Canadian singer-songwriter Suzie Ungerleider is delighted to be playing Brighton on her latest UK tour, taking in The Folklore Rooms, Brighton, on Wednesday, June 28 at 7.30pm (01273 733238).
Maybe 20 years or so ago she released a record on a Brighton label – and now she is with a Brighton label again: “I’m back connected with Brighton which is great! I first came to this country maybe 23-24 years ago, and sometimes in the music industry something really quite flukey happens. I was on a weird tour of the western US states in the late 90s and I went to an internet radio station, thinking to myself ‘What actually is an internet radio station?’” But one thing led to another, and someone suggested she get in contact with Bob Harris in the UK: “I told my manager. He was a young guy and he didn’t know anything about British celebrity DJs but he sent some music to Bob and Bob started playing my music and that’s how I got the first record deal in Brighton.” Suzie definitely has an affinity with this country: “I do have quite a lot of darkness especially in my earlier records and I think that has resonated in the UK where is there is a love of the darker side and also a darker sense of humour. I enjoy it. I got it from my father. But I’m also really into narrative songs and songs that have really vivid images and I think that harks back to the British/Irish/Scottish traditional balladry, and I think that’s another thing that connects me with the people in the UK.”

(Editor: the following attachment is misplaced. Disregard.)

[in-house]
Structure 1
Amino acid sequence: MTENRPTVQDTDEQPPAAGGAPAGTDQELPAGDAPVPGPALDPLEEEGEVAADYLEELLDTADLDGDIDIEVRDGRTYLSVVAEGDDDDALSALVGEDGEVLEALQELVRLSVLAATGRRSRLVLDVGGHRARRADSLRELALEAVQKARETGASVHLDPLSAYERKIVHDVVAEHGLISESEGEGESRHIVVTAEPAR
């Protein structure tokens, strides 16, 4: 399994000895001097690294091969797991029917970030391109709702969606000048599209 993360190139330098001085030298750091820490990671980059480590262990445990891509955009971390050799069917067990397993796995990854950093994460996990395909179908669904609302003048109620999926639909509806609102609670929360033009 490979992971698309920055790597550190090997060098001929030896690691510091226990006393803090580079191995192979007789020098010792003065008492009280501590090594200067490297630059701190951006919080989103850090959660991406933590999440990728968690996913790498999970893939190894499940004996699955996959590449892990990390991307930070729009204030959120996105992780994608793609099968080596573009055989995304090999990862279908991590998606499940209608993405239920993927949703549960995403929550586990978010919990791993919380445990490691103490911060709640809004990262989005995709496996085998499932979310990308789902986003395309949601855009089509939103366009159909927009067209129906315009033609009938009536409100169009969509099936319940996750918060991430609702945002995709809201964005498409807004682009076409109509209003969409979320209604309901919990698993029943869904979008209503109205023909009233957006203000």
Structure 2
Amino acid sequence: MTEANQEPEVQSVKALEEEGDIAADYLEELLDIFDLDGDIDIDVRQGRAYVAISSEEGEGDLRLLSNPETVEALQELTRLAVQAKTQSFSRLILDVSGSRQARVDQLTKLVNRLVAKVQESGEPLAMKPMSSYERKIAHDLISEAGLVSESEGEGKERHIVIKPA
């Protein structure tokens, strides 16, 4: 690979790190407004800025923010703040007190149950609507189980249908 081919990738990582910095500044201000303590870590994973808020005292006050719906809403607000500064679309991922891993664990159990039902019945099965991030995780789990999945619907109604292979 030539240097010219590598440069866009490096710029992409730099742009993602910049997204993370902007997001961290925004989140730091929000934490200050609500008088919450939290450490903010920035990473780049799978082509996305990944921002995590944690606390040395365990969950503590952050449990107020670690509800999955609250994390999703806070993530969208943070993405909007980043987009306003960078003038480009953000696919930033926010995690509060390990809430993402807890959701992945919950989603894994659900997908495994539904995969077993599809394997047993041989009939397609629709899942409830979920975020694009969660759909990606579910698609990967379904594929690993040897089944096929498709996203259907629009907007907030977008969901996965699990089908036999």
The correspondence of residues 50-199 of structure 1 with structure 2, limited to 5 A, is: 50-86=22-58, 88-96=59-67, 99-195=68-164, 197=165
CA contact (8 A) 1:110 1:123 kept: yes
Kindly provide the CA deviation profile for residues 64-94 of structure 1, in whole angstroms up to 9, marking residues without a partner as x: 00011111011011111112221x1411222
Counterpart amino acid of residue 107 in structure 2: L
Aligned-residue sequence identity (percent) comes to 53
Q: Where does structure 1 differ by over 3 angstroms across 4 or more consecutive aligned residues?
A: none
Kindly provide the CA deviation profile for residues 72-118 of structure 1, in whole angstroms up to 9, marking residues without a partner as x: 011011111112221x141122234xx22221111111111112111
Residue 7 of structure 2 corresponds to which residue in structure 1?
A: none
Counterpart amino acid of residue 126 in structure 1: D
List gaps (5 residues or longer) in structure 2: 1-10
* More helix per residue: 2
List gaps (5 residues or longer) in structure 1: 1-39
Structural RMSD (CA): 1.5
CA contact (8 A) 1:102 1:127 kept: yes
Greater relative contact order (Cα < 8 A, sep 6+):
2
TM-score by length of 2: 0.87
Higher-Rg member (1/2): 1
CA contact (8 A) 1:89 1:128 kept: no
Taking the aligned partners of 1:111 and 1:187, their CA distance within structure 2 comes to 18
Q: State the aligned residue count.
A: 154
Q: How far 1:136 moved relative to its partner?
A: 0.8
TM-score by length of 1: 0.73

Inevitably, there will be plenty of people in the UK who still know Suzie under her old stage name which she started out with, Oh Susanna, alluding to the classic American folk song Oh! Susanna: “I changed the name a couple years ago and it was hard because logistically but I’m so glad that I did it. It really felt like it allowed me to merge my musical self with who I am off stage. At first one of the reasons I adopted the name was because I wanted to separate the two, and I just saw it as part of having maybe different selves and having a different self on stage. And the people that knew me as Suzie didn’t necessarily know that musical part of myself.”
But Suzie became aware of the racist context of the song: “And I just felt I was somehow perpetuating those ideas even if that was not remotely my intention. And when there was the George Floyd death. People were looking a lot more at people like myself, privileged white people that didn’t get the racist connotations and hadn’t suffered. I started looking at that myself and it felt like having that name, I was just perpetuating it. It was a very natural name change in an artistic sense. It was more difficult logistically but that was just the boring side of it, just trying to figure out how to do it. But it does feel really good for me on a really personal level because I get to feel more connected with my everyday self, and we’re all on this metaphorical journey about being OK with who you are, and on stage I am now actually singing as myself. I liked the idea originally of having this different persona, a wonderful shorthand for making things more theatrical and at that point my imagination was much more in an old Americana space but that has changed and I’m just more connected with myself.”